Theme park and leisure facilities operator Ardent Leisure Group (ASX: AAD) collapsed to a near one-year low as its first half result is suggesting a downgrade to full year consensus earnings.
I hope you were hanging on tight on this white-knuckle ride with the stock plunging over 13% to $2.40 in lunch time trade.
While operational revenue increased 14.1% to $285.9 million, core earnings per share (EPS) dropped 9.7% to 7.5 cents.
Unless there’s a significant improvement in operating conditions in the current half, Ardent Leisure is at risk of missing earnings expectation for 2014-15.
First half core earnings (which excludes non-operational items like derivatives, property revaluation, pre-opening expenses, etc.) typically constitutes around 58% of full year profit.
At the current run rate, core EPS is likely to come in at just under 13 cents a share compared to consensus forecast of 15.7 cents a share.
Dividends are also at risk of coming under expectations. Management declared a 7 cents interim distribution, up from last year’s 6.8 cents. But first half dividends are historically larger than the second half and analysts have penciled in a full year dividend of 14 cents.
One of the most alarming aspects of the result was the slide in profits from the group’s health club business. This division is the second largest earner for the group and contributed close to 30% of total earnings before interest, tax, depreciation and amortisation (EBITDA). Health clubs have also been one of the key growth drivers for Ardent Leisure in the past few years.
However, the growth has fast tapered off. Falling membership numbers and rising competitive pressures have forced EBITDA to fall 11% to $14.5 million for this division in the six months to end December 2014.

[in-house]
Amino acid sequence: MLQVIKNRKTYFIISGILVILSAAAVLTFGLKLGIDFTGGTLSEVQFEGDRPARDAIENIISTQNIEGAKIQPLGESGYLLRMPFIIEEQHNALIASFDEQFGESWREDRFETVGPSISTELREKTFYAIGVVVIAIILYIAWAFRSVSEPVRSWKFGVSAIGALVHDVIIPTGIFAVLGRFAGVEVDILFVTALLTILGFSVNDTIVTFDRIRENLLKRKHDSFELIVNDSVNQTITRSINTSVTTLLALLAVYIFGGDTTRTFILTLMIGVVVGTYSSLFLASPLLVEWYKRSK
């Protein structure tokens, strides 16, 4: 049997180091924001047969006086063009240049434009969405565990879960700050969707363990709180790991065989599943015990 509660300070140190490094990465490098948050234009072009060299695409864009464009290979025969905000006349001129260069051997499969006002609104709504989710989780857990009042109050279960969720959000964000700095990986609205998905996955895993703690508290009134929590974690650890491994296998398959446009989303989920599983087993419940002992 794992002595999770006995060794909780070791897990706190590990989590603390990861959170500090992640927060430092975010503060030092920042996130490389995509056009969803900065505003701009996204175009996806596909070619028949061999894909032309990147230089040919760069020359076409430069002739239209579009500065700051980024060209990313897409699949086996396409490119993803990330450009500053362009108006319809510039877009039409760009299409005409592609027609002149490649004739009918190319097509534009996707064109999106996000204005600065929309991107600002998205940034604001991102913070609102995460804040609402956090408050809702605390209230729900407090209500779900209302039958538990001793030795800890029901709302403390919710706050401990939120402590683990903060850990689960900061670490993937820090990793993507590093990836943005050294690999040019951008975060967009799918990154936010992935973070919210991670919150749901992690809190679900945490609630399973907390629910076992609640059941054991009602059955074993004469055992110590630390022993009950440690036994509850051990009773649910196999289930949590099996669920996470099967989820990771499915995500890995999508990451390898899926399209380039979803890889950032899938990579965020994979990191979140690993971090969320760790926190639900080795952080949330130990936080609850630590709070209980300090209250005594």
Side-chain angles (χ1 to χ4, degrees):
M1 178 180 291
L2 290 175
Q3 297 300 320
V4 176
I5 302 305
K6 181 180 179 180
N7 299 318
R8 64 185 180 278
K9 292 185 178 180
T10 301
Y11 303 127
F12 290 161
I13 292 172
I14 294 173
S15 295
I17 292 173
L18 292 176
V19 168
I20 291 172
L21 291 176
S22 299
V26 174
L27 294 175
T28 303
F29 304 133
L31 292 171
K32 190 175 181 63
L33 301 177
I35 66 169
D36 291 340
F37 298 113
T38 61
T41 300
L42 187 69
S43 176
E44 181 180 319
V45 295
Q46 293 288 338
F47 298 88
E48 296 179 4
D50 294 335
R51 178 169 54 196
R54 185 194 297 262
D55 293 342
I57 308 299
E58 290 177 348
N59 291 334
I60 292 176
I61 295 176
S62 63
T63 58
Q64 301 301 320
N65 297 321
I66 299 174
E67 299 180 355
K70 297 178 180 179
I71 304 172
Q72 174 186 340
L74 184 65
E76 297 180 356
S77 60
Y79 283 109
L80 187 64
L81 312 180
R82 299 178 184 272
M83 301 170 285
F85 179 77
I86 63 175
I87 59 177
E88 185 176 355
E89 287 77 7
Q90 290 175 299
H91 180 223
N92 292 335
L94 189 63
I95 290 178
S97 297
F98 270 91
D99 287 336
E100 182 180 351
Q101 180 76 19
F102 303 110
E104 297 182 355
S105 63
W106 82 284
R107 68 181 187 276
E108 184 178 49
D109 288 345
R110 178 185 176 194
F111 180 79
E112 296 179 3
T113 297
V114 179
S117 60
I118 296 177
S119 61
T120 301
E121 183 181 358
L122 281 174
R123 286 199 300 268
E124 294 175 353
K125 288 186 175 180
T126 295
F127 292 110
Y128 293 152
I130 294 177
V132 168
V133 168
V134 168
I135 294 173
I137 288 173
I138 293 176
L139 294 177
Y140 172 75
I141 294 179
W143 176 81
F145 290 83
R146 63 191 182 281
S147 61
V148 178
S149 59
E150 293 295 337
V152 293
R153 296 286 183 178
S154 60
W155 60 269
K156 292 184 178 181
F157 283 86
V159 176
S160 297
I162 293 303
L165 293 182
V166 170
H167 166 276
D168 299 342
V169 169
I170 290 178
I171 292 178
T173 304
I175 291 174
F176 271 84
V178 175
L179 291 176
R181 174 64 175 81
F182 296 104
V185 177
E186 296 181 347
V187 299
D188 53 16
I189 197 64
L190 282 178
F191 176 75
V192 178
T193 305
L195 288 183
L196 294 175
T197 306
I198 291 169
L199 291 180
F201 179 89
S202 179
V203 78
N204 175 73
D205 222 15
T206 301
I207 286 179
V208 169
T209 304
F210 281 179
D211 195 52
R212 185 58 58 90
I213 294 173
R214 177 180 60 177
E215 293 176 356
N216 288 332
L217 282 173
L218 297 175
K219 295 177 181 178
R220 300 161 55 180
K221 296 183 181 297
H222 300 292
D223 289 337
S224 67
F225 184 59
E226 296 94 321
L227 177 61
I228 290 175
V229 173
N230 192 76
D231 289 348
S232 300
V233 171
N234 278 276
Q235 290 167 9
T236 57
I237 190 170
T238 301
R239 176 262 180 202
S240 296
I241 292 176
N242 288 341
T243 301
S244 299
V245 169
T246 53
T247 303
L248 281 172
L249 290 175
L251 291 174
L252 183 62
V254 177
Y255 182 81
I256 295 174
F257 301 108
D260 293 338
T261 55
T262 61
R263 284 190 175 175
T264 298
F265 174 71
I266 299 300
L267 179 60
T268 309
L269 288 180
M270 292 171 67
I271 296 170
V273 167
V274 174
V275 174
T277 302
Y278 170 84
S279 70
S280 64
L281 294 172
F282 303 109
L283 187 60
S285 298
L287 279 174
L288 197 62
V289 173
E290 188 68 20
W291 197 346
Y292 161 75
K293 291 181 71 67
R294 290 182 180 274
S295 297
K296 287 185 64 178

Management believes it can turn around the business by introducing more flexible membership schemes and converting its full service fitness centers, Goodlife, into 24 hour facilities.
On the upside, the group’s United States entertainment centres, Main Event, continue to grow strongly. This should help reassure nervous investors that the impact on the Texan economy from the falling oil price may not be as bad as some had originally expected.
The deterioration in its Gold Coast theme park business also seems to have been arrested with management noting that the division has returned to earnings growth since January this year.
Calling Ardent Leisure’s interim result “disappointing” is an understatement, but I believe the group still makes an ideal long-term core holding.
Ardent Leisure has a strong track record in delivering growth (outside of the latest result), quality assets and a yield that should stay comfortably above 5%.
Further, the falling Australian dollar and petrol prices will provide tailwinds for the group in 2015 as these will spur domestic tourism and encourage international travellers to visit our shores.
I’ll be waiting for the stock to fall closer to $2 to add to my holdings.
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Motley Fool contributor Brendon Lau owns shares in Ardent Leisure. Follow me on twitter https://twitter.com/brenlau